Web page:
If you are among the 50 percent of Americans who suffer from insomnia, then you have probably tried everything – from warm milk to melatonin pills or prescription medications to induce sleep – with varying degrees of success and side effects. But what if sleep could be achieved not by a substance, but through 'balancing' brain activity?
Researchers at Wake Forest Baptist Medical Center have conducted a pilot clinical study to determine whether a non-invasive approach, that uses musical tones to balance brain activity, can 'reset' the brain and effectively reduce insomnia.
The study, was published online in October, advance of print, in the journal Brain and Behavior. It was funded by a $26,696 grant from Brain State Technologies, LLC, Scottsdale, Ariz., the company that owns the technology used in the study.
Charles H. Tegeler, M.D., professor of neurology at Wake Forest Baptist and principal investigator of the study explained how the technology works. "The human brain is made up of the left and right hemispheres that work together as parallel processors. When a person undergoes trauma or a major stressor, their autonomic survival responses kick in and the brain can become unbalanced. If those imbalances persist, symptoms such as insomnia can result. Our study looked at a new technology that is intended to facilitate greater balance and harmony in brain frequencies, which may result in improved symptoms."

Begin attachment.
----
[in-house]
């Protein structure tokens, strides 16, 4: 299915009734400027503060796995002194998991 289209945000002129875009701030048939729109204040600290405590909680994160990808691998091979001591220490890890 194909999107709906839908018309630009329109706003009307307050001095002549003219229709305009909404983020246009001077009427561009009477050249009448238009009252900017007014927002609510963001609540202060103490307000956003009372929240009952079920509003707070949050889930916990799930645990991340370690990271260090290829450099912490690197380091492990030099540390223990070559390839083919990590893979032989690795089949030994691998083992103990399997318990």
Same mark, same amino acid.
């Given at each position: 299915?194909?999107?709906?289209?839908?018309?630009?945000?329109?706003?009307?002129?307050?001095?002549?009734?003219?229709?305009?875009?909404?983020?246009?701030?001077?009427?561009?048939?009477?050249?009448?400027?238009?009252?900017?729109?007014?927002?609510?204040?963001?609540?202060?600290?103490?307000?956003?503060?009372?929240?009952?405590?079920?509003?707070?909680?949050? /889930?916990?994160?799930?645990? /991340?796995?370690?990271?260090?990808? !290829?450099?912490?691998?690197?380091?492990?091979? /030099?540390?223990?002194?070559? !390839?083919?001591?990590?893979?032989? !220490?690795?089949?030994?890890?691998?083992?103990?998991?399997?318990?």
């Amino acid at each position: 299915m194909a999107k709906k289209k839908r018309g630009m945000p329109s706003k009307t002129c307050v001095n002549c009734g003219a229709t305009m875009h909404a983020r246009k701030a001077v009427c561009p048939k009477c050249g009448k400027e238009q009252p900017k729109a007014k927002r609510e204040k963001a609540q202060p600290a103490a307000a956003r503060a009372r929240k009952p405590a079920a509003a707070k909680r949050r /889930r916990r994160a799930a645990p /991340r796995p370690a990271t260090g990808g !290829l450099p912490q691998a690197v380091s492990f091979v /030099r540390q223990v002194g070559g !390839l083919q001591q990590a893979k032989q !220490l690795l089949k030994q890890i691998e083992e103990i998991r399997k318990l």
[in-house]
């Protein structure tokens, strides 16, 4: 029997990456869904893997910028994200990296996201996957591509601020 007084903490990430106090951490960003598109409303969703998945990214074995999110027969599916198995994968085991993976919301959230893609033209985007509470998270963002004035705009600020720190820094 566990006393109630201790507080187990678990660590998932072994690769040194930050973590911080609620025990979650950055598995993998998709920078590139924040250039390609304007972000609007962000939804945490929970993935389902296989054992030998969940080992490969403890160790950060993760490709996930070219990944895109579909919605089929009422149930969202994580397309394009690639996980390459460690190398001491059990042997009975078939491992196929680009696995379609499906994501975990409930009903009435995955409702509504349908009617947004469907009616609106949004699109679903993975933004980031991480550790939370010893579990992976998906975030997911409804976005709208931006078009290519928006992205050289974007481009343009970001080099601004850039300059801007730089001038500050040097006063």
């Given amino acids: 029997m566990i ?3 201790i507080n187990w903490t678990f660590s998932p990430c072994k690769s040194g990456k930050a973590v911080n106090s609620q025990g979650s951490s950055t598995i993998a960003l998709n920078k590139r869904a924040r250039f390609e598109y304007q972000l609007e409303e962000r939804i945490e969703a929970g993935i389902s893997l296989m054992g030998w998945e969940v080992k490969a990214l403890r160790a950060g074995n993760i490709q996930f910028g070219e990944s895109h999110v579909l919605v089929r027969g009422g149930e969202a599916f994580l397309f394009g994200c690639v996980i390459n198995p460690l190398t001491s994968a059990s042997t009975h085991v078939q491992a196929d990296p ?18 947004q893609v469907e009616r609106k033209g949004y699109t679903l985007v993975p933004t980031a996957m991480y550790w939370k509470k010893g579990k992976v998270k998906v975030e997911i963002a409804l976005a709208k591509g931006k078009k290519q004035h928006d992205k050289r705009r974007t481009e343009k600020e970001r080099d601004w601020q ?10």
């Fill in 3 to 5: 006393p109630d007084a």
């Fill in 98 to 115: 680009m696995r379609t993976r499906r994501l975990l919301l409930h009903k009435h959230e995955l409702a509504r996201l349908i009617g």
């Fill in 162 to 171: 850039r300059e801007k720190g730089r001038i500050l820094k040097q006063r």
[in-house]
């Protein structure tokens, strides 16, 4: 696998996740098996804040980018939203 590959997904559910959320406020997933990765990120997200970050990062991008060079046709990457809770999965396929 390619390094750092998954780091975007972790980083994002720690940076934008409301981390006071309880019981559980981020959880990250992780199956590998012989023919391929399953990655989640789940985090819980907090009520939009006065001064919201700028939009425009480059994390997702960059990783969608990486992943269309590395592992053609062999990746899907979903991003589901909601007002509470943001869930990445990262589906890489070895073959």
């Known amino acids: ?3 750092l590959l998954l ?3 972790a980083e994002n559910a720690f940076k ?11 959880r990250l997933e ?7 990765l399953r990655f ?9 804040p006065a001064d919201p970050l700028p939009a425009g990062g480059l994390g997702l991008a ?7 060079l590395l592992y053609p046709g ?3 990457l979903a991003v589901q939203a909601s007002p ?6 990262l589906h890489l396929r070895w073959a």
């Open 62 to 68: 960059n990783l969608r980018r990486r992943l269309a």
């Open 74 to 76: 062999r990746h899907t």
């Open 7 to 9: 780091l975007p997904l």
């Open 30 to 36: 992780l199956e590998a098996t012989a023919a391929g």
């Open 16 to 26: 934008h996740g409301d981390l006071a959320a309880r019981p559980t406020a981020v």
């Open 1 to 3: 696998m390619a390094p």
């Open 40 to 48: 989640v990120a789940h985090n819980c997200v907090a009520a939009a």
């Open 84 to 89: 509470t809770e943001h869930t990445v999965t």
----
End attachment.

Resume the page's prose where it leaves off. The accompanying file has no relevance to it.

The new technology is called HIRREM, high-resolution, relational, resonance-based, electroencephalic mirroring or, as it's commercially known, Brainwave Optimization™. The non-invasive procedure uses a system that is designed to reflect the brain's frequencies back to itself using musical tones. Resonance between the musical tones and the electrical energy in a person's brain can bring balance to the two hemispheres of the brain.
Study results were based on a change in the Insomnia Severity Index (ISI) which measures the severity of sleep disruption using a zero-to-28 point scale; the median ISI for study participants was between 18.7 and 18.9, which is considered moderate-to-severe insomnia. Researchers found that the HIRREM group had a 10.3 point drop in ISI, improved insomnia symptoms and, clinically moved into a category of 'no insomnia' or 'sub-threshold insomnia'. The control subjects, who continued their existing insomnia treatment without HIRREM, showed no change in ISI. However, when the crossover control group received HIRREM therapy, the results were indistinguishable from those of the original HIRREM group.